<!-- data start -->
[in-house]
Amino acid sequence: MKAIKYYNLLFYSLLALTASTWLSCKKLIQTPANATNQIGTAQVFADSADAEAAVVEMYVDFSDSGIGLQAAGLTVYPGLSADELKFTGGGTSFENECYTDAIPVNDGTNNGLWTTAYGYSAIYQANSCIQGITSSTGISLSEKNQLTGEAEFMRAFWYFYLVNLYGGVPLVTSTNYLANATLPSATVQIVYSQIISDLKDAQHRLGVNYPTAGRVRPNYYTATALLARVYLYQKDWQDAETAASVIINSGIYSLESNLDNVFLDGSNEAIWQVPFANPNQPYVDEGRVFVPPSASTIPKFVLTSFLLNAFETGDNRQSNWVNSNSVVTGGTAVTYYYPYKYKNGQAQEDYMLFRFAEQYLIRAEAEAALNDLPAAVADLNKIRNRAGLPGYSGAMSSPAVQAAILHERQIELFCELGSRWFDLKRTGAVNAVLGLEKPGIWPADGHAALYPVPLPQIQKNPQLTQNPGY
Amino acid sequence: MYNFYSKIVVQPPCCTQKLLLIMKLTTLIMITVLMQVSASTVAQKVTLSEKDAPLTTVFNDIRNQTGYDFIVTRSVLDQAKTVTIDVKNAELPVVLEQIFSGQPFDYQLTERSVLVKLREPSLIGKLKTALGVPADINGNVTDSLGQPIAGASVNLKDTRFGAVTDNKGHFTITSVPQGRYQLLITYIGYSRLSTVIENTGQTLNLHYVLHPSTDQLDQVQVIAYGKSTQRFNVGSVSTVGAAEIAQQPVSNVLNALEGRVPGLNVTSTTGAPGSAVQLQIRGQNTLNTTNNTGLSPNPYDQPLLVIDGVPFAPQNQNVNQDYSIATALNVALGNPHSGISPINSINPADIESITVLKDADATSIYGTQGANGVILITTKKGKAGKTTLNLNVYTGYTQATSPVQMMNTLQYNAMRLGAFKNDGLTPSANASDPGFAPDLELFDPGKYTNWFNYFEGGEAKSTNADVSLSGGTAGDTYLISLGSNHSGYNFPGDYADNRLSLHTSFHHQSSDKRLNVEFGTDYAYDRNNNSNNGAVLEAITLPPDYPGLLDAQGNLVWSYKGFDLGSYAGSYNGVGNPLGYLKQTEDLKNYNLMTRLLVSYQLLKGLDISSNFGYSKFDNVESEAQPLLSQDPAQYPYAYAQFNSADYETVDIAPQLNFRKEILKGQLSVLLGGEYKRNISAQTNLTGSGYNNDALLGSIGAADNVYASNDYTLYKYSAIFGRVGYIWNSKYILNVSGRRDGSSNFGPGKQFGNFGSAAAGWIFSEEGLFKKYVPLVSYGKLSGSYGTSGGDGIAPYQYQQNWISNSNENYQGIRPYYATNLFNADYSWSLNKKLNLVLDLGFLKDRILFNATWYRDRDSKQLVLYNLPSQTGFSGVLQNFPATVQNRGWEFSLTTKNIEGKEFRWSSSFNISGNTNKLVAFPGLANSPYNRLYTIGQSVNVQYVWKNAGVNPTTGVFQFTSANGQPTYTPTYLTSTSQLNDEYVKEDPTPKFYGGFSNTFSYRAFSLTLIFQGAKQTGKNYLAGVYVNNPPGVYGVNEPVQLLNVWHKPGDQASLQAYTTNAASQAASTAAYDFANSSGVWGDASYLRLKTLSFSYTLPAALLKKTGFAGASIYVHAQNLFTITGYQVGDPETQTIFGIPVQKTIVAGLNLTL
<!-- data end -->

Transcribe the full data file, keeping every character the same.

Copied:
[in-house]
Amino acid sequence: MKAIKYYNLLFYSLLALTASTWLSCKKLIQTPANATNQIGTAQVFADSADAEAAVVEMYVDFSDSGIGLQAAGLTVYPGLSADELKFTGGGTSFENECYTDAIPVNDGTNNGLWTTAYGYSAIYQANSCIQGITSSTGISLSEKNQLTGEAEFMRAFWYFYLVNLYGGVPLVTSTNYLANATLPSATVQIVYSQIISDLKDAQHRLGVNYPTAGRVRPNYYTATALLARVYLYQKDWQDAETAASVIINSGIYSLESNLDNVFLDGSNEAIWQVPFANPNQPYVDEGRVFVPPSASTIPKFVLTSFLLNAFETGDNRQSNWVNSNSVVTGGTAVTYYYPYKYKNGQAQEDYMLFRFAEQYLIRAEAEAALNDLPAAVADLNKIRNRAGLPGYSGAMSSPAVQAAILHERQIELFCELGSRWFDLKRTGAVNAVLGLEKPGIWPADGHAALYPVPLPQIQKNPQLTQNPGY
Amino acid sequence: MYNFYSKIVVQPPCCTQKLLLIMKLTTLIMITVLMQVSASTVAQKVTLSEKDAPLTTVFNDIRNQTGYDFIVTRSVLDQAKTVTIDVKNAELPVVLEQIFSGQPFDYQLTERSVLVKLREPSLIGKLKTALGVPADINGNVTDSLGQPIAGASVNLKDTRFGAVTDNKGHFTITSVPQGRYQLLITYIGYSRLSTVIENTGQTLNLHYVLHPSTDQLDQVQVIAYGKSTQRFNVGSVSTVGAAEIAQQPVSNVLNALEGRVPGLNVTSTTGAPGSAVQLQIRGQNTLNTTNNTGLSPNPYDQPLLVIDGVPFAPQNQNVNQDYSIATALNVALGNPHSGISPINSINPADIESITVLKDADATSIYGTQGANGVILITTKKGKAGKTTLNLNVYTGYTQATSPVQMMNTLQYNAMRLGAFKNDGLTPSANASDPGFAPDLELFDPGKYTNWFNYFEGGEAKSTNADVSLSGGTAGDTYLISLGSNHSGYNFPGDYADNRLSLHTSFHHQSSDKRLNVEFGTDYAYDRNNNSNNGAVLEAITLPPDYPGLLDAQGNLVWSYKGFDLGSYAGSYNGVGNPLGYLKQTEDLKNYNLMTRLLVSYQLLKGLDISSNFGYSKFDNVESEAQPLLSQDPAQYPYAYAQFNSADYETVDIAPQLNFRKEILKGQLSVLLGGEYKRNISAQTNLTGSGYNNDALLGSIGAADNVYASNDYTLYKYSAIFGRVGYIWNSKYILNVSGRRDGSSNFGPGKQFGNFGSAAAGWIFSEEGLFKKYVPLVSYGKLSGSYGTSGGDGIAPYQYQQNWISNSNENYQGIRPYYATNLFNADYSWSLNKKLNLVLDLGFLKDRILFNATWYRDRDSKQLVLYNLPSQTGFSGVLQNFPATVQNRGWEFSLTTKNIEGKEFRWSSSFNISGNTNKLVAFPGLANSPYNRLYTIGQSVNVQYVWKNAGVNPTTGVFQFTSANGQPTYTPTYLTSTSQLNDEYVKEDPTPKFYGGFSNTFSYRAFSLTLIFQGAKQTGKNYLAGVYVNNPPGVYGVNEPVQLLNVWHKPGDQASLQAYTTNAASQAASTAAYDFANSSGVWGDASYLRLKTLSFSYTLPAALLKKTGFAGASIYVHAQNLFTITGYQVGDPETQTIFGIPVQKTIVAGLNLTL